Designing a winning sports venue: Sustainability
Sports and entertainment arenas are more than just seats and a playing field; they are highly complex structures bringing in thousands of fans—and millions of dollars—every year. Sustainability and energy efficiency are key factors.
- Jerry Atienza, EIT, Senior plumbing designer, Interface Engineering, Portland, Ore.
- Douglas H. Evans, PE, FSFPE, Fire protection engineer, Clark County Dept. of, Development Services, Building Division, Las Vegas
- Todd Mack, PE, Principal, DLR Group, Omaha, Neb.
- Jeff Sawarynski, PE, LEED AP, Principal, M-E Engineers Inc., Denver, Colo.
CSE: Energy efficiency and sustainability are often the No. 1 request from building owners during new building design. What is your experience in this area?
Sawarynski: I think there is a balance. Owners don’t always have a complete grasp of operational schedules at the start of a project, which can affect actual energy consumption as much or more than stand-alone conservation measures. What owners need from us is a balanced approach that recognizes first cost implications and potential payback for increased capital investments, and provides flexibility for their ever-changing variables.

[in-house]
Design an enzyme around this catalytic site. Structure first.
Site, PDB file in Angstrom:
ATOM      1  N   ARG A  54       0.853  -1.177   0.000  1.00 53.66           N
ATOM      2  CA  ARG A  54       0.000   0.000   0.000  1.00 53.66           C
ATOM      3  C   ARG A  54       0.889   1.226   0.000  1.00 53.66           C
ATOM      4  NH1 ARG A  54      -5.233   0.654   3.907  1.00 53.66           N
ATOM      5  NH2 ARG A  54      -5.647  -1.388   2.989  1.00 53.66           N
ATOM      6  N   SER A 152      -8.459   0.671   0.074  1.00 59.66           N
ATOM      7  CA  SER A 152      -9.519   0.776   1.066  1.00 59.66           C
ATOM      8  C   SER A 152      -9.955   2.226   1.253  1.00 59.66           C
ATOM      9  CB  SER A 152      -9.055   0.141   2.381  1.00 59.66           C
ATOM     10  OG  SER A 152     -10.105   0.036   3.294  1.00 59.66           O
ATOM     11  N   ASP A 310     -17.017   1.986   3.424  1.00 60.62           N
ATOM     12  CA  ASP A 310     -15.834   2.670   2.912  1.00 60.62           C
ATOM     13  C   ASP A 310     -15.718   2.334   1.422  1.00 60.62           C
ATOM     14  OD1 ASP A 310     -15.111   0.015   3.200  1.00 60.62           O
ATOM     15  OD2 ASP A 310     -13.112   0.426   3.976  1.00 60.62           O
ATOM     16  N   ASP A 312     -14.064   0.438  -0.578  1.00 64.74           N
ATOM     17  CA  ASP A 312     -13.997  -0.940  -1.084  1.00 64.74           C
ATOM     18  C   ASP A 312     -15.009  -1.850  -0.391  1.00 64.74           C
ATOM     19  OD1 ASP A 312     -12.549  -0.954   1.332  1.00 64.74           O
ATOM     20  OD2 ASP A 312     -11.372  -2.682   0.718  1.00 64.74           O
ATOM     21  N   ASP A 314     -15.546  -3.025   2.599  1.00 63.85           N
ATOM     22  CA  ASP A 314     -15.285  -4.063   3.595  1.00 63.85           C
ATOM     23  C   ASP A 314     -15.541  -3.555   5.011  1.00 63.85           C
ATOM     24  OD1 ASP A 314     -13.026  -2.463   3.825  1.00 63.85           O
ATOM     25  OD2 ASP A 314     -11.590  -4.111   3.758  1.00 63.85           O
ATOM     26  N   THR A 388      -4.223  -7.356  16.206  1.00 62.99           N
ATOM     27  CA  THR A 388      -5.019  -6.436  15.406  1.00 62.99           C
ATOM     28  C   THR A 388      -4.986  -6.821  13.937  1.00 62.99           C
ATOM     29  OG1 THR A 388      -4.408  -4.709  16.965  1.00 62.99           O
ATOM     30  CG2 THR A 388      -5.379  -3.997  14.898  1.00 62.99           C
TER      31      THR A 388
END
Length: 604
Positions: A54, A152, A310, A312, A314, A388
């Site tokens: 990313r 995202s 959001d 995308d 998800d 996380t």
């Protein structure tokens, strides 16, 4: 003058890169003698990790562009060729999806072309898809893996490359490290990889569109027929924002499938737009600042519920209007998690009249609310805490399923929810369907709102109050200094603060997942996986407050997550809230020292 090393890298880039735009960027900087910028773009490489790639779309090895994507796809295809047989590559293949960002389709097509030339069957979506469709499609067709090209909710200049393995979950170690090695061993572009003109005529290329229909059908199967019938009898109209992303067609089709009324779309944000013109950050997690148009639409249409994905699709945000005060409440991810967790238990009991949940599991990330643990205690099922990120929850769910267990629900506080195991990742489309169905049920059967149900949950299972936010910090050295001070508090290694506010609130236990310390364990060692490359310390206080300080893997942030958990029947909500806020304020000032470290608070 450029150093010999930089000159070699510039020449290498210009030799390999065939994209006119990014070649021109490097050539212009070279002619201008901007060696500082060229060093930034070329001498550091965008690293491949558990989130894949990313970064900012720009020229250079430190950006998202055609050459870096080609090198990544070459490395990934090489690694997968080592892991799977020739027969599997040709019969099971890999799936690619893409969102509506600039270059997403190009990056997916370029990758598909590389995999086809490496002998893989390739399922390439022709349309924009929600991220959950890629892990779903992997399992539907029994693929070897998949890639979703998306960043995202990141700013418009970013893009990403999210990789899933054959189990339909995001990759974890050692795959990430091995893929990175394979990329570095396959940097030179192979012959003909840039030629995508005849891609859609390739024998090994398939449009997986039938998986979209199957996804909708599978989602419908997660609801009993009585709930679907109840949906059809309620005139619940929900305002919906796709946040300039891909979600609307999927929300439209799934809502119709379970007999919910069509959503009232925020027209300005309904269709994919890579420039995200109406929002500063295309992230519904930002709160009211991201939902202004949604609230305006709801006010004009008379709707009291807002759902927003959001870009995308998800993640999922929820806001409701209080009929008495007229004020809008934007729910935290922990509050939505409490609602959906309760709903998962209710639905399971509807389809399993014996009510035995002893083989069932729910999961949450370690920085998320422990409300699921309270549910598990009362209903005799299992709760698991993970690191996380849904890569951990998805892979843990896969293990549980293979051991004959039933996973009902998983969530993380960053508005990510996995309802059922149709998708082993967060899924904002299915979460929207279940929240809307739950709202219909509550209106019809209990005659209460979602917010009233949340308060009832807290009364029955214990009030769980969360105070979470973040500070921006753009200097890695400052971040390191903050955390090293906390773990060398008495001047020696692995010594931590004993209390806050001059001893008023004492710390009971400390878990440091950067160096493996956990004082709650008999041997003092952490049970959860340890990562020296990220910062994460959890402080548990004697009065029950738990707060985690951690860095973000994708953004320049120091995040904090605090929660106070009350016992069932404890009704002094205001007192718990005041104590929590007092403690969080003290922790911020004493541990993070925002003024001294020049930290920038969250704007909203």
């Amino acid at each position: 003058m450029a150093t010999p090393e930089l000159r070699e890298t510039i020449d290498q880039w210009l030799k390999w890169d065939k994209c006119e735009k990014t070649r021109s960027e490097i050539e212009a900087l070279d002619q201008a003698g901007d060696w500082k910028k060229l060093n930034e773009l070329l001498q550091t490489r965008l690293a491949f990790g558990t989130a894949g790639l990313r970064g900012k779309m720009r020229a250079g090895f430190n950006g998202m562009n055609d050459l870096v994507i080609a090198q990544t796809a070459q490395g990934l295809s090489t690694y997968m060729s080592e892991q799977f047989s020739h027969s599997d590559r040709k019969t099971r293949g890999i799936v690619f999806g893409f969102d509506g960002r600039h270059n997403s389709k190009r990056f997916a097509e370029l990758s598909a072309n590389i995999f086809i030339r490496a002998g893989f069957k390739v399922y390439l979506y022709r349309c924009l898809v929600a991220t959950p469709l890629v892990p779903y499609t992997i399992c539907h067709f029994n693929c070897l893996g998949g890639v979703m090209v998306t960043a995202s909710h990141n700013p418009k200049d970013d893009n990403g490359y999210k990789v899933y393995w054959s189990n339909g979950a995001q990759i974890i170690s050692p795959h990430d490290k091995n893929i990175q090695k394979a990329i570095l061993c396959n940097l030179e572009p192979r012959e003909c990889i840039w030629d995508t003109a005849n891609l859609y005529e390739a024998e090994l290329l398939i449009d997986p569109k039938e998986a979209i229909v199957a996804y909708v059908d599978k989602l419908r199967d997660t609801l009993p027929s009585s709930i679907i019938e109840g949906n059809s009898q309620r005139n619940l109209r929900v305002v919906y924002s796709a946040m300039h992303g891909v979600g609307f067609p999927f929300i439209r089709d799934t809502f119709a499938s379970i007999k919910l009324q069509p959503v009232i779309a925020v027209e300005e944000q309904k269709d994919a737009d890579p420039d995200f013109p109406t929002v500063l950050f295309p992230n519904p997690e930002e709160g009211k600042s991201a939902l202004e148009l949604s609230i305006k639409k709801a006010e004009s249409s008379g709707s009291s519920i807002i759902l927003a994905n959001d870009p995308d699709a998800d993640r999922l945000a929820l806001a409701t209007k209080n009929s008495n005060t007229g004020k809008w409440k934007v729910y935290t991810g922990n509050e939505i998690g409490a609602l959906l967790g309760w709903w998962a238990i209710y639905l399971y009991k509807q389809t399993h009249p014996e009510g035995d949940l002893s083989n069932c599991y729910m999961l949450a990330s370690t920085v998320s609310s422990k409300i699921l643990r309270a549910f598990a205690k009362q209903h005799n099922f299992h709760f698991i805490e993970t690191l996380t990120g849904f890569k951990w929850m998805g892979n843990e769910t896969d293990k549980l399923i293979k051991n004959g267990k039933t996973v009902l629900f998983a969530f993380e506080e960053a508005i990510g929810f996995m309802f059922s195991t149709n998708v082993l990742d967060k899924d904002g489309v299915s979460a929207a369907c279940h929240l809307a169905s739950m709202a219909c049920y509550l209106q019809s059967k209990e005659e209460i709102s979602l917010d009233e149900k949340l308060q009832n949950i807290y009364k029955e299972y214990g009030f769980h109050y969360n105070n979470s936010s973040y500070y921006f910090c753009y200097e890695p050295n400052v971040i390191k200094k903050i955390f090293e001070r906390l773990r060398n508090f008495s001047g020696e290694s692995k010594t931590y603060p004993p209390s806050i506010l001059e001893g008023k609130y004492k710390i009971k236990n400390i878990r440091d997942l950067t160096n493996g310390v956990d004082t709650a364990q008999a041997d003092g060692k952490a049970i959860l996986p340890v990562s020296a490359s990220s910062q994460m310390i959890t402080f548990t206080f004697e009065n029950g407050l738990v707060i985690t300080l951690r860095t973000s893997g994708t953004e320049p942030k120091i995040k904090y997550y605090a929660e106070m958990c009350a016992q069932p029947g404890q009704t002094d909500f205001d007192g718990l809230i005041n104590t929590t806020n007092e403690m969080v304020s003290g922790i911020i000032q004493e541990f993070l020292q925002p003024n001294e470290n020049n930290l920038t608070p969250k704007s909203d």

CSE: Many aspects of structure sustainability (power, HVAC, maintenance, etc.) require building personnel to follow certain practices to be effective. What, if anything, can you as an engineer do to help increase chances of success in this area?
Sawarynski: Keep things clear and don’t overcomplicate operational procedures. Operators need to be able to make changes to way the building controls function over time. It’s incumbent upon us to give them that flexibility.
CSE: Could you please share a success story in which you were able to deliver a highly sustainable project to a sports/entertainment client?
Sawarynski: The Miami Marlins ballpark was certified LEED Gold. The energy model predicted more than a 25% energy savings over ASHRAE 90.1-2004. Savings in all systems contributed to this rating, but examples are exterior lighting power reduced by almost 45% and water use efficiency that exceeded code requirements by 52%.
CSE: Please describe your experience with high-performance building projects in the sports/entertainment field.
Sawarynski: We have designed many of the first LEED certified sports projects and many more with substantial energy savings that did not seek certification. Consol Center in Pittsburgh was the first LEED Certified NHL Arena (LEED Gold). Washington Nationals Ballpark was the first LEED Certified MLB park (LEED Silver). Miami Marlins was the first LEED Certified retractable roof ballpark (LEED Gold).